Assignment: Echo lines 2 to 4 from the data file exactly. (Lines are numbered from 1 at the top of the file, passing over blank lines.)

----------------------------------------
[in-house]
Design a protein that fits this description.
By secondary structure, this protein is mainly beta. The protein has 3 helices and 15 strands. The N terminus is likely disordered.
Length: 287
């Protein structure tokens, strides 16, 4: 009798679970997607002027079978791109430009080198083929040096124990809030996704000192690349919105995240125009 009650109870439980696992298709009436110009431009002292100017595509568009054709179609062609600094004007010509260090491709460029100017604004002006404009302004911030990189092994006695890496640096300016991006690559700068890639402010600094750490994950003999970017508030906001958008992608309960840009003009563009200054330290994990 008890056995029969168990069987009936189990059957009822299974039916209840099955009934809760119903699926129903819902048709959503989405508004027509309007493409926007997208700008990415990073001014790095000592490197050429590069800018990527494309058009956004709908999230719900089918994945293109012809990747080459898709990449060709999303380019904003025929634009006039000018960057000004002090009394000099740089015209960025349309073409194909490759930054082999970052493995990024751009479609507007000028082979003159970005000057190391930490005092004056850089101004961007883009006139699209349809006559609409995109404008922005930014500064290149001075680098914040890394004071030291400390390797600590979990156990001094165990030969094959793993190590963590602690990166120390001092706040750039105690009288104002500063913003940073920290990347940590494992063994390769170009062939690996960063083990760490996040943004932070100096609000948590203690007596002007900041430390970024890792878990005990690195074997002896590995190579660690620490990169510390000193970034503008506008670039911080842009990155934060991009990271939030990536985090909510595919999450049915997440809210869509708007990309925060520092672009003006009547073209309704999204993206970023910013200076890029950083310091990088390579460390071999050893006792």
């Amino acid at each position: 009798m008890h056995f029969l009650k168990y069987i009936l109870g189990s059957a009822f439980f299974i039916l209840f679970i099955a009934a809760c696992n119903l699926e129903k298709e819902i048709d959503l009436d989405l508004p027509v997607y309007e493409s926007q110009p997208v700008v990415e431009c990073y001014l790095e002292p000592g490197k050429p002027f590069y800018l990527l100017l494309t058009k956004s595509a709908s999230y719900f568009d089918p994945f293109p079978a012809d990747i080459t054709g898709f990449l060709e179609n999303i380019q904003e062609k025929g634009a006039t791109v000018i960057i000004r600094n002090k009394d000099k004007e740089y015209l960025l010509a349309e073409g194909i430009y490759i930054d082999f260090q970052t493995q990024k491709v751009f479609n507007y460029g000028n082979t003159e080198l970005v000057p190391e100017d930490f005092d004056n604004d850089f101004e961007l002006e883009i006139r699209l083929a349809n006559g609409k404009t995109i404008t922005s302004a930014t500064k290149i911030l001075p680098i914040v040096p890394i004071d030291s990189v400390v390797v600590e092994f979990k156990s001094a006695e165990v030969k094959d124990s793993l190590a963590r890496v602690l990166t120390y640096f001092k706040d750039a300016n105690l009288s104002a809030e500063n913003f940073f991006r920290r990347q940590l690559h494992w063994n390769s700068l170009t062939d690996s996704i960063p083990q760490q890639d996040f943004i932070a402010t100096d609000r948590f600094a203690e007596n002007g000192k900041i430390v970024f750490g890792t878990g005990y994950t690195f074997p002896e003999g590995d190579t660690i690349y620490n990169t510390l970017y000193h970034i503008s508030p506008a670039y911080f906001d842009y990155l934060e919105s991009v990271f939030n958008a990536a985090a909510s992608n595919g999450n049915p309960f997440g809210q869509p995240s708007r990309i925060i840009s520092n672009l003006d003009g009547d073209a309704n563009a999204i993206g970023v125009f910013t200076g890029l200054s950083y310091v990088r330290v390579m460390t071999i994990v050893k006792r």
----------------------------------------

Design a protein that fits this description.
By secondary structure, this protein is mainly beta. The protein has 3 helices and 15 strands. The N terminus is likely disordered.
Length: 287